Nick Bostrom Made the World Fear AI. Now He Asks: What if It Fixes Everything?

Philosopher Nick Bostrom is surprisingly cheerful for someone who has spent so much time worrying about ways that humanity might destroy itself. In photographs he often looks deadly serious, perhaps appropriately haunted by the existential dangers roaming around his brain. When we talk over Zoom, he looks relaxed and is smiling.

Bostrom has made it his life’s work to ponder far-off technological advancement and existential risks to humanity. With the publication of his last book, Superintelligence: Paths, Dangers, Strategies, in 2014, Bostrom drew public attention to what was then a fringe idea—that AI would advance to a point where it might turn against and delete humanity.

To many in and outside of AI research the idea seemed fanciful, but influential figures including Elon Musk cited Bostrom’s writing. The book set a strand of apocalyptic worry about AI smoldering that recently flared up following the arrival of ChatGPT. Concern about AI risk is not just mainstream but also a theme within government AI policy circles.

Bostrom’s new book takes a very different tack. Rather than play the doomy hits, Deep Utopia: Life and Meaning in a Solved World, considers a future in which humanity has successfully developed superintelligent machines but averted disaster. All disease has been ended and humans can live indefinitely in infinite abundance. Bostrom’s book examines what meaning there would be in life inside a techno-utopia, and asks if it might be rather hollow. He spoke with WIRED over Zoom, in a conversation that has been lightly edited for length and clarity.

Will Knight: Why switch from writing about superintelligent AI threatening humanity to considering a future in which it’s used to do good?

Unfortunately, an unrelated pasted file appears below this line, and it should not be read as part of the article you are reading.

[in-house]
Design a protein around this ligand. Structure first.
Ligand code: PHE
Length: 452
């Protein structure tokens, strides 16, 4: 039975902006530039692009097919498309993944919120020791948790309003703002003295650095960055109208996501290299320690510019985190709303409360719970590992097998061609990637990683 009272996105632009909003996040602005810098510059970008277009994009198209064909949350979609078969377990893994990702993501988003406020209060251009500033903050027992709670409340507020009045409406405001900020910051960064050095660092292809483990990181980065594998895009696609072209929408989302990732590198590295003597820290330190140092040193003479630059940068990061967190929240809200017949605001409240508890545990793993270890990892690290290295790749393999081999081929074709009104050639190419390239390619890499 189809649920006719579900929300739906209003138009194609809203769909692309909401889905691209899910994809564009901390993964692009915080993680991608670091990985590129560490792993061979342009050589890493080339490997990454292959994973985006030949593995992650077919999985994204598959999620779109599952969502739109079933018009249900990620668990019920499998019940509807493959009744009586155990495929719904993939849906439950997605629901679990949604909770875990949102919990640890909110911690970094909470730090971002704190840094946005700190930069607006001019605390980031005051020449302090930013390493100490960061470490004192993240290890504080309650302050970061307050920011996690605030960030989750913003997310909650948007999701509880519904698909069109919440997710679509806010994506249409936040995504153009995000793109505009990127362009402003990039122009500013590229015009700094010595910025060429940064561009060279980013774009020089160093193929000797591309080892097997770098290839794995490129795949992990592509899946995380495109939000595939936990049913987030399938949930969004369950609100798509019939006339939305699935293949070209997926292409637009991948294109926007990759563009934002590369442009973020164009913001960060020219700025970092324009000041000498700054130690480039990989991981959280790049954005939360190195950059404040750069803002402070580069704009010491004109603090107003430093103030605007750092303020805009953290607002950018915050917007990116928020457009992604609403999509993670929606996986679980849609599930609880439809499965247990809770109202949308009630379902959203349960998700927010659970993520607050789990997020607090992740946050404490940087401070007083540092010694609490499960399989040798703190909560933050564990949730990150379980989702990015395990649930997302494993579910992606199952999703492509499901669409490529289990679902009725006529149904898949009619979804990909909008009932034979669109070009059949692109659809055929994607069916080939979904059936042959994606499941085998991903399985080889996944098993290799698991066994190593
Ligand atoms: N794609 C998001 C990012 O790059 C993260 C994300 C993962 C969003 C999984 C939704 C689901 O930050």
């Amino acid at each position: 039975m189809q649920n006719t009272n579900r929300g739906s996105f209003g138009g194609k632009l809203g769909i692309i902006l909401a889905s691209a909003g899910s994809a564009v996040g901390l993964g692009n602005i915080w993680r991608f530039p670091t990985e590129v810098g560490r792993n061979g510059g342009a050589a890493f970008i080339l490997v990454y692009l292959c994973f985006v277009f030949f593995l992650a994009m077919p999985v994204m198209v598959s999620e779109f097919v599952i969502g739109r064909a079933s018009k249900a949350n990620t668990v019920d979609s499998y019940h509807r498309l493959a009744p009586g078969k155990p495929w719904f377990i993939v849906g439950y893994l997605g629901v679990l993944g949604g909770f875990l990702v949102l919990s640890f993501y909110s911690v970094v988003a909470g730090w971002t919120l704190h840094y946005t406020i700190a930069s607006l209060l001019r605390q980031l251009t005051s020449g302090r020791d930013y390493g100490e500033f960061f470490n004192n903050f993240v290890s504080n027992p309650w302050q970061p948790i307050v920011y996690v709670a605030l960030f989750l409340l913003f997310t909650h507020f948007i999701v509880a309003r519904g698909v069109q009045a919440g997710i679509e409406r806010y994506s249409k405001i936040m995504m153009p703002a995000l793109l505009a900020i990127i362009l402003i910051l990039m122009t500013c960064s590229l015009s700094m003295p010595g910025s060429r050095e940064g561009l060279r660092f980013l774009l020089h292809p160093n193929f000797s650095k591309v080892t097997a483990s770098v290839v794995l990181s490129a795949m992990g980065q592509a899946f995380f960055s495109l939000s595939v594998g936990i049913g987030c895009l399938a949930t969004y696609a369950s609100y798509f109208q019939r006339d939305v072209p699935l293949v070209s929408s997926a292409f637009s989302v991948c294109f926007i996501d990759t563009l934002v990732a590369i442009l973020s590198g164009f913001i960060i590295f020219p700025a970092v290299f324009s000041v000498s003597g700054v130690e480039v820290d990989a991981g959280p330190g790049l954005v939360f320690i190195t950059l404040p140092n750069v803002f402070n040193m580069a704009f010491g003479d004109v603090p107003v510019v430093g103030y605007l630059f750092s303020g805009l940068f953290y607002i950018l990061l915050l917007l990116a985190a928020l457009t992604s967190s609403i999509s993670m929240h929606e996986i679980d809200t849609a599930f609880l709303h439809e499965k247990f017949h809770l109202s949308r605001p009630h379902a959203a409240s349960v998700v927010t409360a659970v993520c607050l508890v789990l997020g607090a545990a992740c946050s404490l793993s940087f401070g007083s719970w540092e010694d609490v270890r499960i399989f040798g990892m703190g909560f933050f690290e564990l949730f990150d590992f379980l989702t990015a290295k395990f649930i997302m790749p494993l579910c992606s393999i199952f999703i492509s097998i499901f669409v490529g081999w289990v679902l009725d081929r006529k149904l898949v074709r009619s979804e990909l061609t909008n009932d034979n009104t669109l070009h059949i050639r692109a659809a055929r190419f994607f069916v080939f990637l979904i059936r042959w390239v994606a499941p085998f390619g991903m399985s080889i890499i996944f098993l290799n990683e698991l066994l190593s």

Nick Bostrom: The various things that could go wrong with the development of AI are now receiving a lot more attention. It’s a big shift in the last 10 years. Now all the leading frontier AI labs have research groups trying to develop scalable alignment methods. And in the last couple of years also, we see political leaders starting to pay attention to AI.

There hasn’t yet been a commensurate increase in depth and sophistication in terms of thinking of where things go if we don’t fall into one of these pits. Thinking has been quite superficial on the topic.

When you wrote Superintelligence, few would have expected existential AI risks to become a mainstream debate so quickly. Will we need to worry about the problems in your new book sooner than people might think?

As we start to see automation roll out, assuming progress continues, then I think these conversations will start to happen and eventually deepen.

Social companion applications will become increasingly prominent. People will have all sorts of different views and it’s a great place to maybe have a little culture war. It could be great for people who couldn’t find fulfillment in ordinary life but what if there is a segment of the population that takes pleasure in being abusive to them?

In the political and information spheres we could see the use of AI in political campaigns, marketing, automated propaganda systems. But if we have a sufficient level of wisdom these things could really amplify our ability to sort of be constructive democratic citizens, with individual advice explaining what policy proposals mean for you. There will be a whole bunch of dynamics for society.

Would a future in which AI has solved many problems, like climate change, disease, and the need to work, really be so bad?

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